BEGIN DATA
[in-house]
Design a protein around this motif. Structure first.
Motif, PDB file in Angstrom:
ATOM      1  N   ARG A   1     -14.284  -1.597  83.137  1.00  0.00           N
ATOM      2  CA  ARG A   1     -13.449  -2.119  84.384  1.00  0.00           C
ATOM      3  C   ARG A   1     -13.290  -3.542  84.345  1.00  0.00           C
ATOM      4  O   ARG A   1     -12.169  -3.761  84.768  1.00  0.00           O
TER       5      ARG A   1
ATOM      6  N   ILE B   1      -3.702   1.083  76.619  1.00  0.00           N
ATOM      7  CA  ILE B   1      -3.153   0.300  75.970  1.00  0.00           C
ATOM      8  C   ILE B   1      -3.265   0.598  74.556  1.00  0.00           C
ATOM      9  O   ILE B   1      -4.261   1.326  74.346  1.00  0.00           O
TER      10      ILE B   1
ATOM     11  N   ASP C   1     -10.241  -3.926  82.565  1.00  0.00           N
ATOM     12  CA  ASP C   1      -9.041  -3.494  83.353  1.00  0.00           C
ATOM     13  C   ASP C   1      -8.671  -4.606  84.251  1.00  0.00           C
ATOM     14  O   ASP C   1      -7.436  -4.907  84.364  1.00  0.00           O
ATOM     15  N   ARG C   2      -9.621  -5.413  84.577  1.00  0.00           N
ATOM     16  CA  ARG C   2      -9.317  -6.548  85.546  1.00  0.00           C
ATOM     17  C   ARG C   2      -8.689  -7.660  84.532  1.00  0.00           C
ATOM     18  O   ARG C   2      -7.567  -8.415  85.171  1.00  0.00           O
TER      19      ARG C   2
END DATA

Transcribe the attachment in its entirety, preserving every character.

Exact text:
[in-house]
Design a protein around this motif. Structure first.
Motif, PDB file in Angstrom:
ATOM      1  N   ARG A   1     -14.284  -1.597  83.137  1.00  0.00           N
ATOM      2  CA  ARG A   1     -13.449  -2.119  84.384  1.00  0.00           C
ATOM      3  C   ARG A   1     -13.290  -3.542  84.345  1.00  0.00           C
ATOM      4  O   ARG A   1     -12.169  -3.761  84.768  1.00  0.00           O
TER       5      ARG A   1
ATOM      6  N   ILE B   1      -3.702   1.083  76.619  1.00  0.00           N
ATOM      7  CA  ILE B   1      -3.153   0.300  75.970  1.00  0.00           C
ATOM      8  C   ILE B   1      -3.265   0.598  74.556  1.00  0.00           C
ATOM      9  O   ILE B   1      -4.261   1.326  74.346  1.00  0.00           O
TER      10      ILE B   1
ATOM     11  N   ASP C   1     -10.241  -3.926  82.565  1.00  0.00           N
ATOM     12  CA  ASP C   1      -9.041  -3.494  83.353  1.00  0.00           C
ATOM     13  C   ASP C   1      -8.671  -4.606  84.251  1.00  0.00           C
ATOM     14  O   ASP C   1      -7.436  -4.907  84.364  1.00  0.00           O
ATOM     15  N   ARG C   2      -9.621  -5.413  84.577  1.00  0.00           N
ATOM     16  CA  ARG C   2      -9.317  -6.548  85.546  1.00  0.00           C
ATOM     17  C   ARG C   2      -8.689  -7.660  84.532  1.00  0.00           C
ATOM     18  O   ARG C   2      -7.567  -8.415  85.171  1.00  0.00           O
TER      19      ARG C   2